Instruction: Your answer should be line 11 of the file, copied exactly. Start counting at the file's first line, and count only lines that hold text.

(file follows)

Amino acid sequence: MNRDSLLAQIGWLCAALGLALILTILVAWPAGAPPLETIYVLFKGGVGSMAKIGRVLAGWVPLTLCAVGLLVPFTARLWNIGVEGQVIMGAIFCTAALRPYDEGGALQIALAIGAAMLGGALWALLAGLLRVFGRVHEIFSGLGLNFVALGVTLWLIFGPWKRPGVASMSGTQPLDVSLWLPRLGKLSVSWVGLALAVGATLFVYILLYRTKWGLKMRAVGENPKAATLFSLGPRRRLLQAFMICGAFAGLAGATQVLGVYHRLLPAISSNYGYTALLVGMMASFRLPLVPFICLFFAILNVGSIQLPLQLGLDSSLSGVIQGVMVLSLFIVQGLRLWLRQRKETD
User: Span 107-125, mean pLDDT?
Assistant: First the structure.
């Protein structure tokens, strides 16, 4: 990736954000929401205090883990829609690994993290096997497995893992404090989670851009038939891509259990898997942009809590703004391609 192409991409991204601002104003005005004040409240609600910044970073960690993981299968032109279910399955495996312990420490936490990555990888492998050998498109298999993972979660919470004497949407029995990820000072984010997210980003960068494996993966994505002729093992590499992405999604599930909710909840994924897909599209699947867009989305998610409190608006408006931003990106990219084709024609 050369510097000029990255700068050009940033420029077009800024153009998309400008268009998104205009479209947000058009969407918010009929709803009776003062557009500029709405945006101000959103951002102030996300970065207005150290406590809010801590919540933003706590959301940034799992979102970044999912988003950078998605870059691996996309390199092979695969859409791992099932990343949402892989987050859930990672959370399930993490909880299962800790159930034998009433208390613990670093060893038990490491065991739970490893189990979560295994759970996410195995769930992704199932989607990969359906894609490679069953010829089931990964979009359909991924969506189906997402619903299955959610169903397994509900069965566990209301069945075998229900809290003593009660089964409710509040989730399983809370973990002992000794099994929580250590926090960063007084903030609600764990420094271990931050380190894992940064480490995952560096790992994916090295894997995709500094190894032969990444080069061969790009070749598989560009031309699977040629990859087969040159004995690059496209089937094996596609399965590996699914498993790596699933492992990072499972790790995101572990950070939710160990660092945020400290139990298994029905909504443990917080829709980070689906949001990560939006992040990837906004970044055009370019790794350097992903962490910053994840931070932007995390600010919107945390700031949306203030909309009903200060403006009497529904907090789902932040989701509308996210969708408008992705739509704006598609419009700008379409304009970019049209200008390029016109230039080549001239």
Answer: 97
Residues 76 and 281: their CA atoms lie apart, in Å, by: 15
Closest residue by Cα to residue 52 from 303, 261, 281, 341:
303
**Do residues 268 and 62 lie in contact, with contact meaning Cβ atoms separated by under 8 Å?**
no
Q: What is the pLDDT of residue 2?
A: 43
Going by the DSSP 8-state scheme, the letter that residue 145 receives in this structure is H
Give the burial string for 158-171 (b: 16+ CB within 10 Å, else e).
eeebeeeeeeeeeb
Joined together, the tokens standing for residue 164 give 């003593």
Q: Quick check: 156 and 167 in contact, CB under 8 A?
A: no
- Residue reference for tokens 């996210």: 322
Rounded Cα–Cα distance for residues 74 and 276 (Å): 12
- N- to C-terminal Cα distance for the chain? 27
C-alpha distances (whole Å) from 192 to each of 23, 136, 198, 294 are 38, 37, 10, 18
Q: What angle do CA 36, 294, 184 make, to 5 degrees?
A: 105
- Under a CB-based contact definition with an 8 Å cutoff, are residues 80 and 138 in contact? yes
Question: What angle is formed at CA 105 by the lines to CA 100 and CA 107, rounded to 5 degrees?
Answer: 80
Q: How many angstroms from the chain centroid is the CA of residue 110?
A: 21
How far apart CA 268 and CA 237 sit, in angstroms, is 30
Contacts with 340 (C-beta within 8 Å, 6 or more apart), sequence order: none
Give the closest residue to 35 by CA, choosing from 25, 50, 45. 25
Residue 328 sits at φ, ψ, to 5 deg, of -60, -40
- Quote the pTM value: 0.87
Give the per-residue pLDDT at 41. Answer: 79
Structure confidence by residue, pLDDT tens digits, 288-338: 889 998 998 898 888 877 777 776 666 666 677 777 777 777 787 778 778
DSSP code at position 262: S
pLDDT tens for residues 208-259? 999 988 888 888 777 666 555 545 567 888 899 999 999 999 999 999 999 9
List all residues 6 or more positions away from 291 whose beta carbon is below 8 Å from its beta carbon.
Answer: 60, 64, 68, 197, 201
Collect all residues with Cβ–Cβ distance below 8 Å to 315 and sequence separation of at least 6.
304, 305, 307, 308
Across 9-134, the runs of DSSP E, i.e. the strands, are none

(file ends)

Q: What is the pLDDT of residue 2?